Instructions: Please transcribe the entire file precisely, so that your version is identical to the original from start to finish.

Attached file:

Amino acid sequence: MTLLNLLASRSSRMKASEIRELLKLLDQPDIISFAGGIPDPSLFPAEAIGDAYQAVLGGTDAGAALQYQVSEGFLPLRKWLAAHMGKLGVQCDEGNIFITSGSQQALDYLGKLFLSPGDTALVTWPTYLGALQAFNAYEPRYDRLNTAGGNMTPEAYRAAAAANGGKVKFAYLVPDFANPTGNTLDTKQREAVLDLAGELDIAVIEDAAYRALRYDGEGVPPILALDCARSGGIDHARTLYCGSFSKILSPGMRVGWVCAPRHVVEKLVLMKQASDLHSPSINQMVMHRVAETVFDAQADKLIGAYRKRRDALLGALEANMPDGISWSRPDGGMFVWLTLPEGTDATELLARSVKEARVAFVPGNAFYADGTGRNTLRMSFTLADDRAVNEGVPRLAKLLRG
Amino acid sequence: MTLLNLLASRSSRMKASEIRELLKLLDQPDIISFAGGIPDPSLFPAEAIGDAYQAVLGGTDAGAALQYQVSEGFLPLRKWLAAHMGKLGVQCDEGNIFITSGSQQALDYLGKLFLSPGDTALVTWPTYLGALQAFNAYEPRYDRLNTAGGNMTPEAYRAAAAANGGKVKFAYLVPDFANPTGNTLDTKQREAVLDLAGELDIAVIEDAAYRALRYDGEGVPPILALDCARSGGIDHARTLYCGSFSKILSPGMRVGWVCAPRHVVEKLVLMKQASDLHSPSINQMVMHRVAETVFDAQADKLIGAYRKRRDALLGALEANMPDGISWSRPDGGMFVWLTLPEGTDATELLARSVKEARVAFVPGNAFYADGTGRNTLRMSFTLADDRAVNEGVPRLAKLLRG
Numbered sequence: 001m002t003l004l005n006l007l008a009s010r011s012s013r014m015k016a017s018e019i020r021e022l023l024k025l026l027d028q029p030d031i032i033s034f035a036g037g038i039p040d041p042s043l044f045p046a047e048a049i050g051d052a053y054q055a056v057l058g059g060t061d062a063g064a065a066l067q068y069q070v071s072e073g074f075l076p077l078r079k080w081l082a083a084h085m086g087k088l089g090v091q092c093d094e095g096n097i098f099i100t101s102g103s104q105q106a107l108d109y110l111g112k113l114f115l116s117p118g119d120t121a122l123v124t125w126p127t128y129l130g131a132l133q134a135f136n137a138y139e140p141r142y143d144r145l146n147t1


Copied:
Amino acid sequence: MTLLNLLASRSSRMKASEIRELLKLLDQPDIISFAGGIPDPSLFPAEAIGDAYQAVLGGTDAGAALQYQVSEGFLPLRKWLAAHMGKLGVQCDEGNIFITSGSQQALDYLGKLFLSPGDTALVTWPTYLGALQAFNAYEPRYDRLNTAGGNMTPEAYRAAAAANGGKVKFAYLVPDFANPTGNTLDTKQREAVLDLAGELDIAVIEDAAYRALRYDGEGVPPILALDCARSGGIDHARTLYCGSFSKILSPGMRVGWVCAPRHVVEKLVLMKQASDLHSPSINQMVMHRVAETVFDAQADKLIGAYRKRRDALLGALEANMPDGISWSRPDGGMFVWLTLPEGTDATELLARSVKEARVAFVPGNAFYADGTGRNTLRMSFTLADDRAVNEGVPRLAKLLRG
Amino acid sequence: MTLLNLLASRSSRMKASEIRELLKLLDQPDIISFAGGIPDPSLFPAEAIGDAYQAVLGGTDAGAALQYQVSEGFLPLRKWLAAHMGKLGVQCDEGNIFITSGSQQALDYLGKLFLSPGDTALVTWPTYLGALQAFNAYEPRYDRLNTAGGNMTPEAYRAAAAANGGKVKFAYLVPDFANPTGNTLDTKQREAVLDLAGELDIAVIEDAAYRALRYDGEGVPPILALDCARSGGIDHARTLYCGSFSKILSPGMRVGWVCAPRHVVEKLVLMKQASDLHSPSINQMVMHRVAETVFDAQADKLIGAYRKRRDALLGALEANMPDGISWSRPDGGMFVWLTLPEGTDATELLARSVKEARVAFVPGNAFYADGTGRNTLRMSFTLADDRAVNEGVPRLAKLLRG
Numbered sequence: 001m002t003l004l005n006l007l008a009s010r011s012s013r014m015k016a017s018e019i020r021e022l023l024k025l026l027d028q029p030d031i032i033s034f035a036g037g038i039p040d041p042s043l044f045p046a047e048a049i050g051d052a053y054q055a056v057l058g059g060t061d062a063g064a065a066l067q068y069q070v071s072e073g074f075l076p077l078r079k080w081l082a083a084h085m086g087k088l089g090v091q092c093d094e095g096n097i098f099i100t101s102g103s104q105q106a107l108d109y110l111g112k113l114f115l116s117p118g119d120t121a122l123v124t125w126p127t128y129l130g131a132l133q134a135f136n137a138y139e140p141r142y143d144r145l146n147t1